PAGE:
the electrons are transferred from the [4Fe-4S] cluster of the Fe protein to the FeMo-cofactor of

    the MoFe protein via the P-cluster. Eventually, dinitrogen is reduced to ammonia. The

    nitrogenase-like hypothesis of DPOR has been confirmed by recent initial characterization of

    DPOR from the anoxygenic photosynthetic bacterium Rhodobacter capsulatus (Fujita and

    Bauer, 2000; Nomata et al., 2005a, b). Rhodobacter DPOR (RcDPOR) requires ATP and

    dithionite (or reduced ferredoxin) for reaction, as well as nitrogenase, and consists of two

    separable components, L-protein and NB-protein, which are homologous to the Fe protein and

    MoFe protein, respectively. L-protein is a BchL-homodimer, as is Fe protein (NifH

    homodimer), and NB-protein is a heterotetramer of BchN and BchB similar to the MoFe

    protein (NifD-NifK heterotetramer). These features strongly suggest that L-protein is an

    ATP-dependent reductase specific for the other catalytic component, as well as for the Fe

    protein, and that the other component, NB-protein, provides the catalytic centers for the double

    bond reduction of Pchlide D-ring similar to the MoFe protein. Recently, we have also

    confirmed that another nitrogenase-like enzyme, Chlide reductase, catalyzes Chlide B-ring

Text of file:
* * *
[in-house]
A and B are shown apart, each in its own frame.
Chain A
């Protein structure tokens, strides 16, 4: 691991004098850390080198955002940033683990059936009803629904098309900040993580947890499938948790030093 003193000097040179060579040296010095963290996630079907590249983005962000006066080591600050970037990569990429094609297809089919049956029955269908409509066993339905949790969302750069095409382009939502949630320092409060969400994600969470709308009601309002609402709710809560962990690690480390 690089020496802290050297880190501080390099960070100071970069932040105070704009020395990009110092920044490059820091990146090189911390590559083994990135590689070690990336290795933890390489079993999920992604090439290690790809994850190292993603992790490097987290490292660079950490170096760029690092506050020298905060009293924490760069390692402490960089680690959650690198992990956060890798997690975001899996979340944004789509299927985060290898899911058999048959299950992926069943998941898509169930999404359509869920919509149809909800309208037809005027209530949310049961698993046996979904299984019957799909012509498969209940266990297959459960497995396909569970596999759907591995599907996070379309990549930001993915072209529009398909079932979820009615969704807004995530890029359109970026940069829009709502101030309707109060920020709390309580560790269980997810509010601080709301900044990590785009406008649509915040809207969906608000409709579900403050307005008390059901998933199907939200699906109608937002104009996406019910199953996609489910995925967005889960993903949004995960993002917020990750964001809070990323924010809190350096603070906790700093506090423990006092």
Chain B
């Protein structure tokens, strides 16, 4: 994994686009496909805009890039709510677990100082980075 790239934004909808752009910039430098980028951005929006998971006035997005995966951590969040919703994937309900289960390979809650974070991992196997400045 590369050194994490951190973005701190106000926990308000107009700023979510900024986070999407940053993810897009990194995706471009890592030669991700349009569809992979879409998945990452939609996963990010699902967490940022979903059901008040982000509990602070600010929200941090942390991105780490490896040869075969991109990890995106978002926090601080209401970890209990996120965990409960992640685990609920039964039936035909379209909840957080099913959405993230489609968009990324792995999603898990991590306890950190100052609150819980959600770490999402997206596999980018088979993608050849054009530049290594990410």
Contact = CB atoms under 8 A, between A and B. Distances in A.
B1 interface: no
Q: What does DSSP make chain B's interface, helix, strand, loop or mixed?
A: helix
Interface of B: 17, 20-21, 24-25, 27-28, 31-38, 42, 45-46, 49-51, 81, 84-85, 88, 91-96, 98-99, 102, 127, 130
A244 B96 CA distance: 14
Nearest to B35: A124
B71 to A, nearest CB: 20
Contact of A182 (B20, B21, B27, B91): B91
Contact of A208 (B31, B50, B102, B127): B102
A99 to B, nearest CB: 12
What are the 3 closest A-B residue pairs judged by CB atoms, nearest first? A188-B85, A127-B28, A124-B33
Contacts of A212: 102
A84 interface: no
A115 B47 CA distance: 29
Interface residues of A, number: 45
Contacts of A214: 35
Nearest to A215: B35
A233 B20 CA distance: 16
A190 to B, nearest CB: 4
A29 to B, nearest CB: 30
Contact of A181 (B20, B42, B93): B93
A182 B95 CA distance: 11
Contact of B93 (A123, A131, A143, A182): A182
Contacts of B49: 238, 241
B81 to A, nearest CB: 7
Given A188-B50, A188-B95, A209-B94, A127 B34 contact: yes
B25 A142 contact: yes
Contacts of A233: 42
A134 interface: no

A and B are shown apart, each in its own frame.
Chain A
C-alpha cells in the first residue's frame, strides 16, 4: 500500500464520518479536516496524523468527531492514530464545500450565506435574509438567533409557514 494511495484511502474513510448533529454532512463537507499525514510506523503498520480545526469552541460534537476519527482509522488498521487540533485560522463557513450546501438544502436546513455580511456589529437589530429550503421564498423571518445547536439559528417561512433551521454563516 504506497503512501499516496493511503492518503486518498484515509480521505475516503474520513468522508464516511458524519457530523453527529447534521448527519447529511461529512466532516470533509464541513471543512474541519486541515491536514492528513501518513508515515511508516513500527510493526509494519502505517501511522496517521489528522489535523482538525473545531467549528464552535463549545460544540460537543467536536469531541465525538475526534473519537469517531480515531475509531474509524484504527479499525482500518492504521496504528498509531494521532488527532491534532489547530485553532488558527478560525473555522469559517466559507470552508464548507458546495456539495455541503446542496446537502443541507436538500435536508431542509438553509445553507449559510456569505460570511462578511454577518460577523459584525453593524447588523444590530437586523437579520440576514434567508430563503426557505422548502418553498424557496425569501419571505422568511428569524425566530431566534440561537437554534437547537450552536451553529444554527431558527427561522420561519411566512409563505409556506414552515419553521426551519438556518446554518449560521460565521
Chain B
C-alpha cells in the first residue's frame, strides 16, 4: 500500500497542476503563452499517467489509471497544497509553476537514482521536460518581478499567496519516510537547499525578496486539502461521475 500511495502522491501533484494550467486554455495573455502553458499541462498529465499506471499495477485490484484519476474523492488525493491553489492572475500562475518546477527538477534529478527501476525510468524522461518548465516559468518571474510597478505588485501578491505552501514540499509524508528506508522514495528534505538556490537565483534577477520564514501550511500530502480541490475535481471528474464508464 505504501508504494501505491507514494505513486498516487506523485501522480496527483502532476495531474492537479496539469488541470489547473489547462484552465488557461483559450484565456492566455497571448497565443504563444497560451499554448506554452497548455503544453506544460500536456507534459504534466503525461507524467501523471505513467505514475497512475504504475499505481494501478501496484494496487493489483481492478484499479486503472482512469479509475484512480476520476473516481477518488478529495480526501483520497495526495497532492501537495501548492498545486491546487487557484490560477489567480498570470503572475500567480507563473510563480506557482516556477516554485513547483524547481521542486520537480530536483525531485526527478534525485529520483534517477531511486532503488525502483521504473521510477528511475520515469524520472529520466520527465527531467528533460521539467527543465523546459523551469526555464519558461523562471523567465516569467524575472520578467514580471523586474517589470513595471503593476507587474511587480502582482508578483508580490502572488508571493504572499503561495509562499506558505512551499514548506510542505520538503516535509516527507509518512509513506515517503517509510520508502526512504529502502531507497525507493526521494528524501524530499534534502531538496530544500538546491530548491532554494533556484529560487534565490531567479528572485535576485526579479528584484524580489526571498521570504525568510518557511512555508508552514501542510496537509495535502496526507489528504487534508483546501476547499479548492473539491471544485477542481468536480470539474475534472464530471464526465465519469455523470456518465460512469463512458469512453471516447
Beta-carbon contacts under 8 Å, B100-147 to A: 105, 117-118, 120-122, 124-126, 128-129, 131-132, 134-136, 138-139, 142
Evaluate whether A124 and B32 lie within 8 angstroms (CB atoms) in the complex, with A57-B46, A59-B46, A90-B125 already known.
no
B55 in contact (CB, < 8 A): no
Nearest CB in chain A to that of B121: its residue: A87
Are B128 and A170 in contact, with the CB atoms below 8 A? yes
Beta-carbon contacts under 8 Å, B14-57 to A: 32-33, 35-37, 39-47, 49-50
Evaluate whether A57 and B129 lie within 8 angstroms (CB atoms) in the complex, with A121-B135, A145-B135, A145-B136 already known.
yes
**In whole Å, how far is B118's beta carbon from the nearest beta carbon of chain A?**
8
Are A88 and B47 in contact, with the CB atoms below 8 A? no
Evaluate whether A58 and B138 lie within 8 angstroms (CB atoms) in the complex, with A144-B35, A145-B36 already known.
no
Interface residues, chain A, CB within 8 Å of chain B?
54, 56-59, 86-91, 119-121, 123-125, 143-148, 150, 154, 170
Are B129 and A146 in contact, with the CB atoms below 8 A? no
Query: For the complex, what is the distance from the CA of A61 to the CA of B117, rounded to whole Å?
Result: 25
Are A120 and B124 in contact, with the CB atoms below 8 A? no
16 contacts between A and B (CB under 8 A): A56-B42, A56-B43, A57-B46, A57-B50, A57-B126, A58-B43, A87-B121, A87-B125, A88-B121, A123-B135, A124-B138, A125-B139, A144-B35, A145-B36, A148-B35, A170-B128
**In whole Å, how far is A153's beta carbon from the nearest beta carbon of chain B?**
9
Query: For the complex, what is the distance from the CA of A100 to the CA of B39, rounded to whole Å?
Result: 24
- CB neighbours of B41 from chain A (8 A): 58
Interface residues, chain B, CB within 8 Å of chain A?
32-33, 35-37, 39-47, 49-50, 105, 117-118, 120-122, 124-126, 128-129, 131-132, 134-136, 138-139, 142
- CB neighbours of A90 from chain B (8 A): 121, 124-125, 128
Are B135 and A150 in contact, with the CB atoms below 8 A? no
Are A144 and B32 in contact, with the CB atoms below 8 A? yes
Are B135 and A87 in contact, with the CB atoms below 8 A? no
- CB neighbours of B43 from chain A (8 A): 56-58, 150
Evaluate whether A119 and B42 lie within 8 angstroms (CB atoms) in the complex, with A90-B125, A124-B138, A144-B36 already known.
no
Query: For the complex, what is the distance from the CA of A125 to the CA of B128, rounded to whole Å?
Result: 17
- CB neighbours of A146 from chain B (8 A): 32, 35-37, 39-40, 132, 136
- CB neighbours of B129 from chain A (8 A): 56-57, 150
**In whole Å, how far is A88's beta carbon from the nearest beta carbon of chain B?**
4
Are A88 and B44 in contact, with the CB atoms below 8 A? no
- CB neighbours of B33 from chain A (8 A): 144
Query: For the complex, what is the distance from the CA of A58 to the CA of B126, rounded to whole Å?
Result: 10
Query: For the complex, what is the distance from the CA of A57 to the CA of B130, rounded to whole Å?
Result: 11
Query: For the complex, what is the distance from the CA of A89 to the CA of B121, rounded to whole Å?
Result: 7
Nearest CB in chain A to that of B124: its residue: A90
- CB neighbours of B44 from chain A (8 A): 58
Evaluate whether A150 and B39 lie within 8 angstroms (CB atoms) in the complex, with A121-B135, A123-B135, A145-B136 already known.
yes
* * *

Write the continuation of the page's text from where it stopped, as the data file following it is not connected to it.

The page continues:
reduction in the bacteriochlorophyll a biosynthesis of R. capsulatus (Nomata et al. 2006).

    As shown in Figure 1B, the two Pchlide reductases, DPOR and LPOR, have different

    evolutionary origins and distributions, implying that photosynthetic organisms have

    independently created two different molecular mechanisms to reduce the Pchlide D-ring. The

    distribution of the two enzymes among photosynthetic organisms probably reflects their

    distinct evolutionary histories. As shown in the phylogenic trees in Figure 1B, DPOR has

    evolved from ancestral genes common to nitrogenase and is distributed among anoxygenic

    photosynthetic bacteria, cyanobacteria, Chlorophytes, Pteridophytes, Bryophytes, and

    gymnosperms (Raymond et al., 2004). LPOR evolved from a large gene family of SDR

    distributed among all oxygenic phototrophs from cyanobacteria to angiosperms (Yang and

    Cheng, 2004). Thus,